Zika Virus: Microcephaly May Be 'Tip of the Iceberg' for Infant Problems
Pregnant women who become infected with Zika virus may be at risk for not only having a child with microcephaly, but also having a fetus with other serious health issues, including problems with the nervous system and even fetal death, according to a new study from Brazil.
The study — which provides some of the strongest evidence that Zika virus causes microcephaly — found that nearly one-third of women who had Zika infections during their pregnancy had an ultrasound that showed fetal abnormalities. These abnormalities included problems with growth, such as microcephaly (meaning an abnormally small head); problems with the placenta; and lesions in the brain or spine.
"Zika definitely causes the problems. We think microcephaly is only the tip of the iceberg," said study co-author Dr. Karin Nielsen-Saines, a professor of clinical pediatrics at the David Geffen School of Medicine at UCLA. [Zika Virus FAQs: Top Questions Answered]
Infants and fetuses in the study showed a variety of problems, including calcification (or hardening) of brain tissues, problems with the amniotic fluid and an abnormally small body size. There were two stillbirths in the study. Usually, viral infections don't cause only one problem, and because of the array of problems now linked with Zika, the researchers suggest using the term congenitial Zika virus syndrome, Nielsen-Saines said. The new study provided a stronger type of evidence than previous studies of the effects of Zika during pregnancy because it was prospective, meaning that women who went to the clinic in Brazil were tested for Zika and were then followed over time (regardless of whether they tested positive for the virus).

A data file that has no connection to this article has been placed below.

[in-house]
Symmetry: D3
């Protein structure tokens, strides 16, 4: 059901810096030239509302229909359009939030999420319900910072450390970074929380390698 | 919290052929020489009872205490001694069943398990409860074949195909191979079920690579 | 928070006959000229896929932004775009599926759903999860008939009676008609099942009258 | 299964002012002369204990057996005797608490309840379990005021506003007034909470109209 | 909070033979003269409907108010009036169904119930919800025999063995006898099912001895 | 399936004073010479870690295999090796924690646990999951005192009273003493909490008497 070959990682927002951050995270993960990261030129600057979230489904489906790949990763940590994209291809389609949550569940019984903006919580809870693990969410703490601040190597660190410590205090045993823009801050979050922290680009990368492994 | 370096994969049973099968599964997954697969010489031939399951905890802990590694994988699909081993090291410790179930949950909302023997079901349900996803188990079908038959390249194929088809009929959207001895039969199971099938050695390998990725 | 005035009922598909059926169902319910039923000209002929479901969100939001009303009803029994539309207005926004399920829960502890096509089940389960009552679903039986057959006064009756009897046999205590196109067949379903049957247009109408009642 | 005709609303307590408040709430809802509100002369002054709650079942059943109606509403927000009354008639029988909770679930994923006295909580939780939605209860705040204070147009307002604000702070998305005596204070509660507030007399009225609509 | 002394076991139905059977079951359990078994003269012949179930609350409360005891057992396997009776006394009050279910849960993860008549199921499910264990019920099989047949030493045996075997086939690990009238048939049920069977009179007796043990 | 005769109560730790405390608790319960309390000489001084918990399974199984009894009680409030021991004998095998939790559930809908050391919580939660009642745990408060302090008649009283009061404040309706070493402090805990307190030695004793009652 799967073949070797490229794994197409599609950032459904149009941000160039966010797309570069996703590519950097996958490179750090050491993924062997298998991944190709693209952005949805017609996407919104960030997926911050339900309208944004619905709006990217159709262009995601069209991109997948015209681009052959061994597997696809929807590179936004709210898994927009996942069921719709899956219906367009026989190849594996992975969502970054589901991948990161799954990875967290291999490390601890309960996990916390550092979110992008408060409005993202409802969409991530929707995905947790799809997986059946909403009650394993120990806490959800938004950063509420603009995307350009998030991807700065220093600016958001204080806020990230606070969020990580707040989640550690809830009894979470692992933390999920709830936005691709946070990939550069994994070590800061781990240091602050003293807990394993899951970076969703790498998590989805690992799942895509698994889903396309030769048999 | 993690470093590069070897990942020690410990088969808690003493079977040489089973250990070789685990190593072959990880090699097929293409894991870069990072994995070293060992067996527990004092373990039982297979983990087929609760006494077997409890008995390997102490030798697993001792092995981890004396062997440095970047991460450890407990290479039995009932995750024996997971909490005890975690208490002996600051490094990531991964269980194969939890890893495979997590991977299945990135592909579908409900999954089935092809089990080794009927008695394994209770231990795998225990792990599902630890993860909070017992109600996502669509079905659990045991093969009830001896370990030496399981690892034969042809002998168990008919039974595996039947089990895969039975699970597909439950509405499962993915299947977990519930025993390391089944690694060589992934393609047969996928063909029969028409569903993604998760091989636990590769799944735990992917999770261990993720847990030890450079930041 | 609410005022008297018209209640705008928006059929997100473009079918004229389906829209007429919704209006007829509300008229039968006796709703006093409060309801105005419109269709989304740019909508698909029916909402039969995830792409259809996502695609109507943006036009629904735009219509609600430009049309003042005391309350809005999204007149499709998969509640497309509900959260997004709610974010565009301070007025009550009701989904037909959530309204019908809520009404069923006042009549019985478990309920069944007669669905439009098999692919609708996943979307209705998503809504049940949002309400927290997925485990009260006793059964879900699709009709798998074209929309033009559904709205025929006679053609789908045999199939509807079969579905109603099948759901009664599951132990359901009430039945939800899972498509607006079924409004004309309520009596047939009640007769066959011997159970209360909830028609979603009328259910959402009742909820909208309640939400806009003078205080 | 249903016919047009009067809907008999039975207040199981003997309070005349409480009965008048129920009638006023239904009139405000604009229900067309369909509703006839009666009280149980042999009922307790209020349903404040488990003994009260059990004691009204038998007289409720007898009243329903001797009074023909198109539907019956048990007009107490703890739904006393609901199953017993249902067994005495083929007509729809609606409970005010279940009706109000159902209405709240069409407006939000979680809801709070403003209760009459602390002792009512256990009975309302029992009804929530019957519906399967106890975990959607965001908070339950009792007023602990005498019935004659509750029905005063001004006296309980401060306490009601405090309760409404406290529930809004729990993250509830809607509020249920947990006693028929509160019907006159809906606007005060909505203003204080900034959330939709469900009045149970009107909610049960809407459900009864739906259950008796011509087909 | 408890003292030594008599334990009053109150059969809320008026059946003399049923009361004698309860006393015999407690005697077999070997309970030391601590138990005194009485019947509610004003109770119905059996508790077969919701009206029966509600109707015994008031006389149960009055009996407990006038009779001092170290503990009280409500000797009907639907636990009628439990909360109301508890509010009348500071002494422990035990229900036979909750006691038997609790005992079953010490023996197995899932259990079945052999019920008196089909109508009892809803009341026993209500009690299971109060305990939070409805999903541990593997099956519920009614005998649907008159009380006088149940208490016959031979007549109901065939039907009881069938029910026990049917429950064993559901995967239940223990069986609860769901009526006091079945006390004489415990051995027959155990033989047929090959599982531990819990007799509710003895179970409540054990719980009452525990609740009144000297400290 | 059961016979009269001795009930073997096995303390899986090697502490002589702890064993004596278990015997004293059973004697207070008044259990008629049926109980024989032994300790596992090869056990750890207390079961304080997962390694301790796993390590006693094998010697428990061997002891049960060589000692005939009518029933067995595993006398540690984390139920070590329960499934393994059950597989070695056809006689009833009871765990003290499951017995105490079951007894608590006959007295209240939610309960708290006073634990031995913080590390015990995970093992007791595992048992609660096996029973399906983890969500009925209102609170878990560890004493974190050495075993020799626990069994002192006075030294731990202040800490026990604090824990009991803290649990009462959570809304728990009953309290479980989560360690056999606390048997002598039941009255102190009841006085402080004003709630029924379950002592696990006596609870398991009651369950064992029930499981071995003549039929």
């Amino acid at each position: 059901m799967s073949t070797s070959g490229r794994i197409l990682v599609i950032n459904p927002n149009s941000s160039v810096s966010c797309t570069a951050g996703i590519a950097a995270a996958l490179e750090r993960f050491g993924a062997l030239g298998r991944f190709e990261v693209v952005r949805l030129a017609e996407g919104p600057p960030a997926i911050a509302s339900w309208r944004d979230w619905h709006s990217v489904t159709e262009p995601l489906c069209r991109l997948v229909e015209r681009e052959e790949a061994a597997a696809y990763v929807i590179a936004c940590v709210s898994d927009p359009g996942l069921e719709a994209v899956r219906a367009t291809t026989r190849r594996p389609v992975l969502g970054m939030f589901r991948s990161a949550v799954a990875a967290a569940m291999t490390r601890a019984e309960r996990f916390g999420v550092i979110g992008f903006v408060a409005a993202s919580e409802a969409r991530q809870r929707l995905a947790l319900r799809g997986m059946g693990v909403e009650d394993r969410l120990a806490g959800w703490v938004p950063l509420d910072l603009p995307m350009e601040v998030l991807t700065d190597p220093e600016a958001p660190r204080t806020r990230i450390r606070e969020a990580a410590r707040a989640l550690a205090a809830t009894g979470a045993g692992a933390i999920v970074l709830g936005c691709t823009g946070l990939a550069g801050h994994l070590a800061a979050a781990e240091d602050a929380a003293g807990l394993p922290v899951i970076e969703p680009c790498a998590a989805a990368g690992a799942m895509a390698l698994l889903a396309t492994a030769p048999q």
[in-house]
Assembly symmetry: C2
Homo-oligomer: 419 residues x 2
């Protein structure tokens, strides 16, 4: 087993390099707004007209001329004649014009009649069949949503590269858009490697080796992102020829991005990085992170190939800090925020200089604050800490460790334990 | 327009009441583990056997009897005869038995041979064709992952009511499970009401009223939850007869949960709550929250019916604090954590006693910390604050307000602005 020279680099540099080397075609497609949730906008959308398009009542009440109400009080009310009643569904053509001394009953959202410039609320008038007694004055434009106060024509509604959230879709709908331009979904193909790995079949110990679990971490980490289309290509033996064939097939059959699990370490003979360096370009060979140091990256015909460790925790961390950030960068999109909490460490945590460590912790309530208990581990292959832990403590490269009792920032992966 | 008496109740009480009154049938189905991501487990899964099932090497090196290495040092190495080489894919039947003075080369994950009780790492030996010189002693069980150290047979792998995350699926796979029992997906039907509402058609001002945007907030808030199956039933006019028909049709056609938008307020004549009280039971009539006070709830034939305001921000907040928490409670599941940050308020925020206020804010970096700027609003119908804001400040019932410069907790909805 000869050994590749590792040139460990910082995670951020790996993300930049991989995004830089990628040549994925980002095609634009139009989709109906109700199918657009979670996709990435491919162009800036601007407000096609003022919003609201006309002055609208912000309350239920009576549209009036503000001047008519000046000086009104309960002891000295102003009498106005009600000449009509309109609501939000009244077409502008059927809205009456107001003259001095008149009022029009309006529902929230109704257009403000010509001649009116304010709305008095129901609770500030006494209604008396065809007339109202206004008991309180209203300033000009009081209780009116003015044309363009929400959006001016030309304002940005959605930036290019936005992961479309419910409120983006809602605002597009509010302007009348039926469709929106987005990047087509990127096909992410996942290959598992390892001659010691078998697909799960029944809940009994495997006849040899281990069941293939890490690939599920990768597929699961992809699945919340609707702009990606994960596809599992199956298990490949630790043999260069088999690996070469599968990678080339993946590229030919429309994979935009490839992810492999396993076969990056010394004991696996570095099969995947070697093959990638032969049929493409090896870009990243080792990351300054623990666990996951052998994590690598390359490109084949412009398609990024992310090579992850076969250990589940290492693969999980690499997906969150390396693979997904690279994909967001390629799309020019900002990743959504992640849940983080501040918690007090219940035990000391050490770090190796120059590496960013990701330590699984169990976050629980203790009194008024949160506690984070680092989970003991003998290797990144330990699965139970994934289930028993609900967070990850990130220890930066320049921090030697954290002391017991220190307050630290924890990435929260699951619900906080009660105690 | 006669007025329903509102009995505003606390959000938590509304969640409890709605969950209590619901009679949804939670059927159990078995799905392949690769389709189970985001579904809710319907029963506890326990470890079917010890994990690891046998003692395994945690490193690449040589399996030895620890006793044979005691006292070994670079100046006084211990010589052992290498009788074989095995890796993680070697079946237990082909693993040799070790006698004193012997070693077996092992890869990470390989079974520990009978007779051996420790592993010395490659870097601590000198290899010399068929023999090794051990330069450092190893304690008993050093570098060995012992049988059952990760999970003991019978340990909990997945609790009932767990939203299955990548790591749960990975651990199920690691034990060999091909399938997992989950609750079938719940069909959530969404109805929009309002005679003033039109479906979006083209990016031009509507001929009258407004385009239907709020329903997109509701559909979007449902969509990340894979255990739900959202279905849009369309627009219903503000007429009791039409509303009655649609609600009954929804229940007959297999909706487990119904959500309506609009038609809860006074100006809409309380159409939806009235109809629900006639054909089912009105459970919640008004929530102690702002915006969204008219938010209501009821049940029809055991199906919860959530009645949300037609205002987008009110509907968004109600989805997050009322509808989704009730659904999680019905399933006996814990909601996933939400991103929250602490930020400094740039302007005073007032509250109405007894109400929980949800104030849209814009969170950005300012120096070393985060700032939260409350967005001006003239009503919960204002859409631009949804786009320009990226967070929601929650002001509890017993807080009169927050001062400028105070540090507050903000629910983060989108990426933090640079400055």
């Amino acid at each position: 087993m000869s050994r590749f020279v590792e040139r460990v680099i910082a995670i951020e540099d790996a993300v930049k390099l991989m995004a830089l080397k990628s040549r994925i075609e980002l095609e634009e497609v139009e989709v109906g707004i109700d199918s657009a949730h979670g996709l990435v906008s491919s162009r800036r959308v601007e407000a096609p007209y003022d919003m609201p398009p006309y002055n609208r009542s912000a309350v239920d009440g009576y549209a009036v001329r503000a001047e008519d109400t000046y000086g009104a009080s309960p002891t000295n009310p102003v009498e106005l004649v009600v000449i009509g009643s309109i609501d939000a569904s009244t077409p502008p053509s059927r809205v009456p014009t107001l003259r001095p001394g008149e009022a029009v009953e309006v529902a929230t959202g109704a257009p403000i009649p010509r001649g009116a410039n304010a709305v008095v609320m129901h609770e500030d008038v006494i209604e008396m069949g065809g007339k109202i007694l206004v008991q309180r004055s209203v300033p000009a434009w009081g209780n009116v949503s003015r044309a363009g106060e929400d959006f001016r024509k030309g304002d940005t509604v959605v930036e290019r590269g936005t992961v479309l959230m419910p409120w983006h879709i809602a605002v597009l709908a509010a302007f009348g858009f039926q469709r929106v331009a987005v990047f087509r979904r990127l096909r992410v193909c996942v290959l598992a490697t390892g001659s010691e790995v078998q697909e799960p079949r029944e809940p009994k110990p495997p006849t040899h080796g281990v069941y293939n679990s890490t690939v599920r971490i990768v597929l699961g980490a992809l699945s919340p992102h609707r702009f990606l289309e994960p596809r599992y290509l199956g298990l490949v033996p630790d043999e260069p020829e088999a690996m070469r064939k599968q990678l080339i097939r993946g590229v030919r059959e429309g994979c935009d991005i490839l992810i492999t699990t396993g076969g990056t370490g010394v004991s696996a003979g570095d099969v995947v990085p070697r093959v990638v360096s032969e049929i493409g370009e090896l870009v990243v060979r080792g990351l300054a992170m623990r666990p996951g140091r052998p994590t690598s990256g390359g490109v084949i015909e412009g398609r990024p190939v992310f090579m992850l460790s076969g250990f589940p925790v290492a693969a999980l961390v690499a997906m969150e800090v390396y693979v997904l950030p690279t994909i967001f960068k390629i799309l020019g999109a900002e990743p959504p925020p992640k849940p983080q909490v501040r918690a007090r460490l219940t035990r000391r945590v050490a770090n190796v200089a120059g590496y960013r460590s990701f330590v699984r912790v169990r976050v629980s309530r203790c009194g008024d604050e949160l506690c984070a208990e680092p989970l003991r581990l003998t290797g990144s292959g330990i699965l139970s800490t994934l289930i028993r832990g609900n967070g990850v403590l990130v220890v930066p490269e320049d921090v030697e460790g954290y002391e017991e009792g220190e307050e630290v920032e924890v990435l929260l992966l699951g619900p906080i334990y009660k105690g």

In addition, the researchers tested the women for Zika by looking for the virus's genetic material — which is more reliable than looking for antibodies, or proteins produced by the immune system in response to a Zika infection, Nielsen-Saines said.
The new study is "what people have been waiting for," in terms of the type of evidence needed to prove that Zika infection in pregnancy causes microcephaly, said Dr. Amesh Adalja, an infectious disease specialist and a senior associate at the University of Pittsburgh Medical Center's Center for Health Security, who was not involved in the study. That's because the researchers compared pregnant women infected with the Zika virus with pregnant women who were not infected with Zika virus and lived in the same area — a so-called "case control" study.
"This is the closest we've gotten to [proving] causation," Adalja said. Although more studies are still needed to solidify the link, "for all intents and purposes, this justifies the concern raised early on," that at least a proportion of the microcephaly cases in Brazil were caused by Zika virus, Adalja said.
The Zika virus is currently spreading rapidly in Central and South America. Health officials became concerned about a link between the virus and microcephaly after there was a dramatic rise in cases of this birth defect in Brazil last year.
The study involved 88 pregnant women in Rio de Janeiro who were tested for Zika virus because they had recently developed a rash — one of the symptoms of the infection. Of these women, 72 tested positive for Zika virus, and they were at various stages of pregnancy — anywhere from five to 38 weeks pregnant.
The researchers performed ultrasounds on 42 women who had a Zika infection and 16 women who did not have a Zika infection. (A number of women in the study who tested positive for Zika did not agree to have ultrasounds, Nielsen-Saines said and, in some of those cases, were due to women not wanting to know whether the fetuses they were carrying potentially had health problems.)